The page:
The Holiness of the Passover Gloss-over

This week His Holiness Pope Francis published an apostolic exhortation entitled Gaudete et Exsultate: On the Call to Holiness in Today’s world. While I have only made it about a quarter of the way through, I am struck by the use of what he calls “the middle-class of Holiness” He says in article 7:

7. I like to contemplate the holiness present in the patience of God’s people: in those parents who raise their children with immense love, in those men and women who work hard to support their families, in the sick, in elderly religious who never lose their smile. In their daily perseverance I see the holiness of the Church militant. Very often it is a holiness found in our next-door neighbours, those who, living in our midst, reflect God’s presence. We might call them “the middle class of holiness”.

When Joseph Scott and I spoke about the virtue of hope (A virtue I came to realize I’m not naturally inclined to) I began to look for areas where I could trust in what God has already accomplished and ordained for my life. Too often, it is the case that we become discouraged by the mind-blowing example of heroic saints that we lose a sense of how holiness is attained in our own lives. Holiness is achieved by sticking to two major ideas.

The first is that Christ calls each of us to conquer our major faults because he is preparing us for the wedding feast of Heaven. If we have been washed in the blood of the lamb, as with any stained garment, you are sometimes going to have to be rough with the material in order to remove the grime. In order to purge ourselves of our imperfections, we are going to have to cause ourselves a little bit of suffering. This is why it is necessary to fast and offer penance on our journey towards Heaven. They teach us to regard our feelings as less important or good than the good that God is.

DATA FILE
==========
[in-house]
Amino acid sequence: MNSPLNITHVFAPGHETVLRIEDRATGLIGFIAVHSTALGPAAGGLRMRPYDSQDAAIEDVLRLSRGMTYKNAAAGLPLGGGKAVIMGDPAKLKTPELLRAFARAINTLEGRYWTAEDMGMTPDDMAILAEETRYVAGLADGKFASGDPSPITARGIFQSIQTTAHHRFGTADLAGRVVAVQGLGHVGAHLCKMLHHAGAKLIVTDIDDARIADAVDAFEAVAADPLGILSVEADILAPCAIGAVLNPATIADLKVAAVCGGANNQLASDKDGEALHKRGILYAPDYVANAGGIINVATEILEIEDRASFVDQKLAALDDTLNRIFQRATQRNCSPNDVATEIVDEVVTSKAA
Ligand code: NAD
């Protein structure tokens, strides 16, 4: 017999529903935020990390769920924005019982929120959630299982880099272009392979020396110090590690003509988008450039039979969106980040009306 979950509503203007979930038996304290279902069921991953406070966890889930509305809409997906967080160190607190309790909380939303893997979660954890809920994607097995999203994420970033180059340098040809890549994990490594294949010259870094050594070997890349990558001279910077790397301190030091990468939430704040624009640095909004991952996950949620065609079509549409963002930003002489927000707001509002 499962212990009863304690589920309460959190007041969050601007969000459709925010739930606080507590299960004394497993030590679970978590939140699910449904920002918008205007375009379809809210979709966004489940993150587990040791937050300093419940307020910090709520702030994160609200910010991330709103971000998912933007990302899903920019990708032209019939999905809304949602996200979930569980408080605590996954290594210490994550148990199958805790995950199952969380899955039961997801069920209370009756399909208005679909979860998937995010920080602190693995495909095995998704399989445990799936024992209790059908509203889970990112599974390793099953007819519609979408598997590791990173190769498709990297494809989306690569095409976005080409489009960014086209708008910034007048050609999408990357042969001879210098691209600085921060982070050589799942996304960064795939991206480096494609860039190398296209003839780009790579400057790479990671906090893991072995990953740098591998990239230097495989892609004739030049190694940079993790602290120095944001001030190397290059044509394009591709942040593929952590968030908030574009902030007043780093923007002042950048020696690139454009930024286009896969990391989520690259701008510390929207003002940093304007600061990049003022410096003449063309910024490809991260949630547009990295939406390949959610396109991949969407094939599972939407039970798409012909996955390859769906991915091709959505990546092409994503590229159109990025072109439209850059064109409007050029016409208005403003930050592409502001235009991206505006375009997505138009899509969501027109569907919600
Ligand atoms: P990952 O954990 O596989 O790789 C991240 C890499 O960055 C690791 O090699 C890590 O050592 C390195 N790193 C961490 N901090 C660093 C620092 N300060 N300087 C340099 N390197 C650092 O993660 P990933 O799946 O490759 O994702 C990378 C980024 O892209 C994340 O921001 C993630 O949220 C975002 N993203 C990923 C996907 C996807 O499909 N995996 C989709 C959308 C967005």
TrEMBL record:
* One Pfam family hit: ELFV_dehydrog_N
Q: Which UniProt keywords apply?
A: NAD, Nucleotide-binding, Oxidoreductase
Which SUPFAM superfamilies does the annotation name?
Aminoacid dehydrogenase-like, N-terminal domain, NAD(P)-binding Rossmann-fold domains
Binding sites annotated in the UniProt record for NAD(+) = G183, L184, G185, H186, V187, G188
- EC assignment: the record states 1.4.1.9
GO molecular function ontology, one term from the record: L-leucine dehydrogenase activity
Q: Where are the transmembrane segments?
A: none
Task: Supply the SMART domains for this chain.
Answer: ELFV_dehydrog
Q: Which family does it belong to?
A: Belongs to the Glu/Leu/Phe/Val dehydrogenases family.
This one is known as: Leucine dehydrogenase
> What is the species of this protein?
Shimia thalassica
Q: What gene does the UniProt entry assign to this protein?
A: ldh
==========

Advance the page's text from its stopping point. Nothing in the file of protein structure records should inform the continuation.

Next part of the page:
The second is that holiness consists of nothing more than obeying the will of God at each moment. Not everyone is called to fly to Mozambique and live their lives in service. Most of us are called to figure out how to be obedient and have patience when there’s traffic on the 405 freeway. Most of us will not have our arms stretched out on a crucifix, offering ourselves like St. Paul Miki. Most of us will have our hair and ears stretched by the curious infant who doesn’t know any better. In all cases, the question is not “how do I live a life of radical holiness”? The question is “what is Jesus asking of me right this instant”?

But who can consistently live a life like this? The answer is everybody. We simply need the virtue of hope to help us to recall that Jesus promised that the Father would never refuse to hear us in his name. We need hope to help us to recall that “life does not have a mission, but is a mission”. I suppose that is why I was struck by the reading of the Last Supper that appears during Holy Week.

St. Luke introduces the preparation of the last supper by mentioning a character so glossed-over in the history of the Church, you almost feel bad for him. See if you can pick out what I mean.